During the bloodiest months of the Intifada, barely a week passed that from my living room I did not hear a bomb explode. The front of the war that was being waged against the Israeli people was not in distant Lebanon, or Syria, or along the Jordanian border. The front was located in the bus my husband rode to work, in the market where I did my Shabbat shopping, and at the neighborhood playground where I spent my afternoons watching my young daughters swing and slide and play.
Throughout those scary years, every time I had to exit the front door of our apartment in downtown Jerusalem, I felt as paralyzed with fear as a person forced at gunpoint to walk blindfolded through a minefield.
But the terror attack that hit closest to home did not take place in Jerusalem at all. The attack took place on May 2, 2004 when an Arab approached the car of Tali Chatuel and shot her and her four young daughters, point blank, twice in the head, and then riddled their bodies with dozens of bullets.
In one moment, David Chatuel, an idealistic elementary school principal and devoted father and husband, was left bereft of his whole family, his 34-year-old wife Tali Chatuel who was in her eighth month of pregnancy with the couple's first son, and his daughters Hila, 11, Hadar, 9, Roni, 7, and Meirav, 2. In one moment, everything had been taken from him, except the impossible and terrible wish that it could have been him instead of them.
How could I have any hope left when I saw this father weeping like a modern-day Job for his murdered family?
For weeks following the attack, the image of this beautiful mother, a social worker who worked to rehabilitate terror victims, and her smiling, innocent daughters hung over me day after day. I could not help but remember that Tali Chatuel was only a few months older than me. I couldn't forget that those little girls were almost the same ages and bore such similar names to my own three daughters. I would go to sleep and see their faces, and wake up and see David Chatuel sobbing with his head in his hands at their funeral.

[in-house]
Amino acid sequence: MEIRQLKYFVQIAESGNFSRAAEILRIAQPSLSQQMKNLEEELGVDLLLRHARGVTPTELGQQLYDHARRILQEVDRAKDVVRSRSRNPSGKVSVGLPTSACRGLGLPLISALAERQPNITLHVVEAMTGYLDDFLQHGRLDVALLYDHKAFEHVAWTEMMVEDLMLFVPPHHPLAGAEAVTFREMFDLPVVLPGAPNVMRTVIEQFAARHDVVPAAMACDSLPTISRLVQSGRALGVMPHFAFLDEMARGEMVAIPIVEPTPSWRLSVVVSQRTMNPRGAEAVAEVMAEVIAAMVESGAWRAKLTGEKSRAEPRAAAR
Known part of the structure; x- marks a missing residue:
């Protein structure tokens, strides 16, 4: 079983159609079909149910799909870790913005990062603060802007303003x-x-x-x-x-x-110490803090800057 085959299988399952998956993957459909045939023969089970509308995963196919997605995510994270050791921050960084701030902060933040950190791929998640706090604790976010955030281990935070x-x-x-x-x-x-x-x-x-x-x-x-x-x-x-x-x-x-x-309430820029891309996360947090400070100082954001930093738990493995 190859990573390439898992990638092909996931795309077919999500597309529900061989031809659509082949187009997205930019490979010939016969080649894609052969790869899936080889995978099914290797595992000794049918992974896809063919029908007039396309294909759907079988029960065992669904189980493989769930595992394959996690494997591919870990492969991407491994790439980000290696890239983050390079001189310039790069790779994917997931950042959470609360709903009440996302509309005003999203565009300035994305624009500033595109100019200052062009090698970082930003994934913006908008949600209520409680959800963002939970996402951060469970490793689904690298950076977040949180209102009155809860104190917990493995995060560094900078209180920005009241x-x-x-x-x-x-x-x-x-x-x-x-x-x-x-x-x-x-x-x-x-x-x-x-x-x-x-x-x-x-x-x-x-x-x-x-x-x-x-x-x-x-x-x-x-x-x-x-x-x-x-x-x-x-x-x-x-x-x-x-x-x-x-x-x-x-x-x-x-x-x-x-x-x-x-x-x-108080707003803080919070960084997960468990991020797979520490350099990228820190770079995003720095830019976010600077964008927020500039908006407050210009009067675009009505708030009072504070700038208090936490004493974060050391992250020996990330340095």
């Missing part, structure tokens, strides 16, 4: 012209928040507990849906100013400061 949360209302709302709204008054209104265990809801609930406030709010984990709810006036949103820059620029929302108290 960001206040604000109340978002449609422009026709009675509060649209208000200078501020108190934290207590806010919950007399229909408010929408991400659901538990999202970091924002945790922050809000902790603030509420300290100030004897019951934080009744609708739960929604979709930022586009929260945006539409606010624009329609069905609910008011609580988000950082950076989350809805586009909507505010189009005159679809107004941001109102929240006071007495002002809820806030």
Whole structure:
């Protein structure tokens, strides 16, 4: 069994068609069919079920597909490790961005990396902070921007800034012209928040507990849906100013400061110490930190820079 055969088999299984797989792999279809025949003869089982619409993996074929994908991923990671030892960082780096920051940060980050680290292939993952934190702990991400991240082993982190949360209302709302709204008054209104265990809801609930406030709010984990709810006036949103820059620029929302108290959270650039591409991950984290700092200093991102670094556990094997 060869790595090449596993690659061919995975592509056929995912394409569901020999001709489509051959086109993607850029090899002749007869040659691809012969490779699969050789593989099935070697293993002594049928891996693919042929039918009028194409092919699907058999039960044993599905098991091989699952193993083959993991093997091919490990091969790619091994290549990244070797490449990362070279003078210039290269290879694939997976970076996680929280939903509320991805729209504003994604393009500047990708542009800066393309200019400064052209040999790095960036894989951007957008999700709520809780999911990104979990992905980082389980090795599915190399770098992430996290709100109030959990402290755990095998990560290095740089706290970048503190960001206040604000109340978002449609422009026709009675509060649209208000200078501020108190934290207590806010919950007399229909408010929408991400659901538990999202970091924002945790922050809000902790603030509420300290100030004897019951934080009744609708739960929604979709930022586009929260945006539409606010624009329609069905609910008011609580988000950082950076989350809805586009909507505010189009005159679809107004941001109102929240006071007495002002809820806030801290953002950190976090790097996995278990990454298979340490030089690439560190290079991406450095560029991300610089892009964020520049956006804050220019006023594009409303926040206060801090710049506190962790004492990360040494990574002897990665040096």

Over and over, I thought of this broken man's words mixed with the weeping of the thousands of mourners at the funeral for his wife and daughters, "Tali and my girls, I will never forget you until the day I die. I love you so much. I am left alone. My family has been taken from me. If even one of you was still alive..."
Throughout the four years of Intifada that left over a thousand Jews murdered, I had never felt so hopeless, so destroyed. How could I have any hope left when I saw this father weeping like a modern-day Job for his murdered family? How could I have any hope left when we were facing such a cruel and seemingly unstoppable enemy?
For the years following the attack, I did not forget David Chatuel. I heard how in the days following the murders, he was so incapacitated by grief and shock that he was simply unable to speak. I heard how he returned to his work as a respected principal in the southern city of Ashkelon, but that his close friends described him as only a shadow of the man they had once known.